22 Nov 2016
The angel of God swung the sickle over the whole earth, and the earth was harvested. That’s a pretty dramatic image St. John gives of God taking us to himself. Someday we’ll be like those clusters of ripe grapes, and we’ll be harvested and taken to God. Or, as St. John puts it, we’ll be “thrown into the great wine press of God’s fury.”
It’s strange, then, that our psalm sees God’s coming and harvesting as a joyous thing: “Let the heavens be glad and the earth rejoice . . . The Lord comes to judge the earth!” After all, the idea of being “thrown into the great wine press of God’s fury” doesn’t sound that exciting. But, then again, “God’s fury” is not like ours.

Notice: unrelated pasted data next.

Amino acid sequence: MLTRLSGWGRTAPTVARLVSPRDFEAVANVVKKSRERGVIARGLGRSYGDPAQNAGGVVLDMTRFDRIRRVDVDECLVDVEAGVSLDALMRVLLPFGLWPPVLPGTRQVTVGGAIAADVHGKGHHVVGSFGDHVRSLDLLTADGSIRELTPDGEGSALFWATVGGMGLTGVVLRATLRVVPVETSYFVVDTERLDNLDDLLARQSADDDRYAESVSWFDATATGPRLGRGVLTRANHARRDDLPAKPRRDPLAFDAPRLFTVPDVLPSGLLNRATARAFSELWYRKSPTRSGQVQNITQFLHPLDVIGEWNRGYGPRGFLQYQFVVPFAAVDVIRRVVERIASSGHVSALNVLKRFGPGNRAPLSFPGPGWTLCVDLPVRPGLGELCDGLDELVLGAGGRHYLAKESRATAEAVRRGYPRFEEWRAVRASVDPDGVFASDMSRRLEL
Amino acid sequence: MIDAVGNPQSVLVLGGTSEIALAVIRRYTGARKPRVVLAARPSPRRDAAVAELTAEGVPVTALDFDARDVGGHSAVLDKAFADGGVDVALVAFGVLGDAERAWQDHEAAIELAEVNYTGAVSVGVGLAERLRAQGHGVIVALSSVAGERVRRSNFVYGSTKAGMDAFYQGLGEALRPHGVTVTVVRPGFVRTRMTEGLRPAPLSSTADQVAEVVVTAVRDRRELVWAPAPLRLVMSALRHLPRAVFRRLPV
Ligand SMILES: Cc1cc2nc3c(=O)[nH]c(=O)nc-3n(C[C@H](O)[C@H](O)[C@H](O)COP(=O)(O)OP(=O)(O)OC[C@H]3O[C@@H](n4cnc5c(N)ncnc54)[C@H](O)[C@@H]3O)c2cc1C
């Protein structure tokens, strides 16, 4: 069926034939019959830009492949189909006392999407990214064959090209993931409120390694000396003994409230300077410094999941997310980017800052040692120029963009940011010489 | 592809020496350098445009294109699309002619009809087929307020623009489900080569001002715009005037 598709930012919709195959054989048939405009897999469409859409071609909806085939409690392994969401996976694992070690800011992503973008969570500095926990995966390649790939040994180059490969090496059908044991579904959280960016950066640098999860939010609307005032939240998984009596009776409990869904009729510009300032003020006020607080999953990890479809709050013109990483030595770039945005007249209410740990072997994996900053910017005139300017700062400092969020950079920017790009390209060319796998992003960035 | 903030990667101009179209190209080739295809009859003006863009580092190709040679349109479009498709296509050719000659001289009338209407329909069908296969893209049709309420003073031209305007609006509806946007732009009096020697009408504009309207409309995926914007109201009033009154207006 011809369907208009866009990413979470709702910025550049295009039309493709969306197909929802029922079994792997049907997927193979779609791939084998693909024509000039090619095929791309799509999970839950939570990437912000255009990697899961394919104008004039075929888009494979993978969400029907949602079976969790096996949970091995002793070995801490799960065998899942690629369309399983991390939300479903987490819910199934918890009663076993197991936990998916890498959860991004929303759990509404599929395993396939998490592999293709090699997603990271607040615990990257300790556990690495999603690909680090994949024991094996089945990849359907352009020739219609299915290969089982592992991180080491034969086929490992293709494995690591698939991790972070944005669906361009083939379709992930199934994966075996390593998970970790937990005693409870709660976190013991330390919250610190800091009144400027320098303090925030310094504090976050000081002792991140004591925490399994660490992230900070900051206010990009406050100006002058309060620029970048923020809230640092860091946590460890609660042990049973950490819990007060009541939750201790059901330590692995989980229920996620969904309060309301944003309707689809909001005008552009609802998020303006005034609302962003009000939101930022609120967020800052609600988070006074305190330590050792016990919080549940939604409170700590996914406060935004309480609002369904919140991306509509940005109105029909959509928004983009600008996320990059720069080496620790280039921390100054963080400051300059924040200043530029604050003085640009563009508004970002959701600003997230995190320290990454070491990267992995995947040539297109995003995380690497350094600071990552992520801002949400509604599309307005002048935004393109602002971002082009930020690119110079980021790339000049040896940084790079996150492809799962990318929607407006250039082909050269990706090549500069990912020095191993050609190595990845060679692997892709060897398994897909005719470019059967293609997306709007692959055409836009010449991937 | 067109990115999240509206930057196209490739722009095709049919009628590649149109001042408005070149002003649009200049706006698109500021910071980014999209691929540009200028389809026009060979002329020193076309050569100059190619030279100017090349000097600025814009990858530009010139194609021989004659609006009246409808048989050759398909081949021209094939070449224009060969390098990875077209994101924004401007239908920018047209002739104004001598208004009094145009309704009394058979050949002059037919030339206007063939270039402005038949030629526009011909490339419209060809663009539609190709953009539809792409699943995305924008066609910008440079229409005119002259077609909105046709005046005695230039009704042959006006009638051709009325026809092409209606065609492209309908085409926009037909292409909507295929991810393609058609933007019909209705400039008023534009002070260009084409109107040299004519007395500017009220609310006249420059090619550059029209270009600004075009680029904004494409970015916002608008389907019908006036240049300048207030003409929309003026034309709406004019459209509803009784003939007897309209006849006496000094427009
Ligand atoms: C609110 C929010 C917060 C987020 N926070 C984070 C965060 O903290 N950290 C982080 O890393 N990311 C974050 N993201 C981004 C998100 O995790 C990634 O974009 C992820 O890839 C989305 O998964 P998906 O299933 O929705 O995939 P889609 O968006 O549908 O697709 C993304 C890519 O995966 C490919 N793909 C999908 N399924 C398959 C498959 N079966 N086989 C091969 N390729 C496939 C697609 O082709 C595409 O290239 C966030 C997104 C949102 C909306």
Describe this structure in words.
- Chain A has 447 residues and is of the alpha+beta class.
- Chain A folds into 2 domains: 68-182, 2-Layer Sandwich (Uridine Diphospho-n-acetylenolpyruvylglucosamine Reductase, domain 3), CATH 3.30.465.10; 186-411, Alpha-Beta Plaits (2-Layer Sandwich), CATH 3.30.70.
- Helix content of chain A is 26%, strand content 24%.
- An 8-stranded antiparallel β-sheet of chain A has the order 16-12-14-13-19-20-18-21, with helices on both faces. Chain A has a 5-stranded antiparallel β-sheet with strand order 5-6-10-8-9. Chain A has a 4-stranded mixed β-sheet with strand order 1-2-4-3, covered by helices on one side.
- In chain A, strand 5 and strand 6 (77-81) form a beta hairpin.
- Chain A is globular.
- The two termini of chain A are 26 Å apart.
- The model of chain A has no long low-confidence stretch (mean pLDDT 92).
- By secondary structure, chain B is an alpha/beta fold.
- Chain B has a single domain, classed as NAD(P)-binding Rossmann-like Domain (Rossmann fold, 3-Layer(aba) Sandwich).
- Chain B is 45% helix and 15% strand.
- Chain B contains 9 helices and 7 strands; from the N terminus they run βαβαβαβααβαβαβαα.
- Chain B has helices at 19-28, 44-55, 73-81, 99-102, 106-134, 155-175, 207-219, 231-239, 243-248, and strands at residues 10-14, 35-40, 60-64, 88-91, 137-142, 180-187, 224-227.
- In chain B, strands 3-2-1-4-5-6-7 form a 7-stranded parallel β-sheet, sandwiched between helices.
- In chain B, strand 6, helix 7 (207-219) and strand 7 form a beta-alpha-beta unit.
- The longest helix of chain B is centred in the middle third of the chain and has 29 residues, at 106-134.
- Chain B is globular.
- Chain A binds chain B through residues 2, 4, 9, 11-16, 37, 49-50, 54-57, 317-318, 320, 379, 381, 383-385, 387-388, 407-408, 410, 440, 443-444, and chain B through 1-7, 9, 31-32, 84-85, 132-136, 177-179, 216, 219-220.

We get angry. We turn vengeful. Humanity holds resentment and grudges. And so, the human brand of fury is kind of scary. But God’s fury is entirely different; it’s an intense passion to get rid of every impurity, to burn up and smash everything that gets in between him and us. There’s no anger or vengeance in God’s fury; there’s only the passion to see things get set right again.
And so, maybe the psalm has it right: “Let the heavens be glad and the earth rejoice,” someday God’s angels will come and throw us into the great wine press of God’s fury. It’ll be a great day, someday, to finally be free, to finally be alive and truly happy with our God.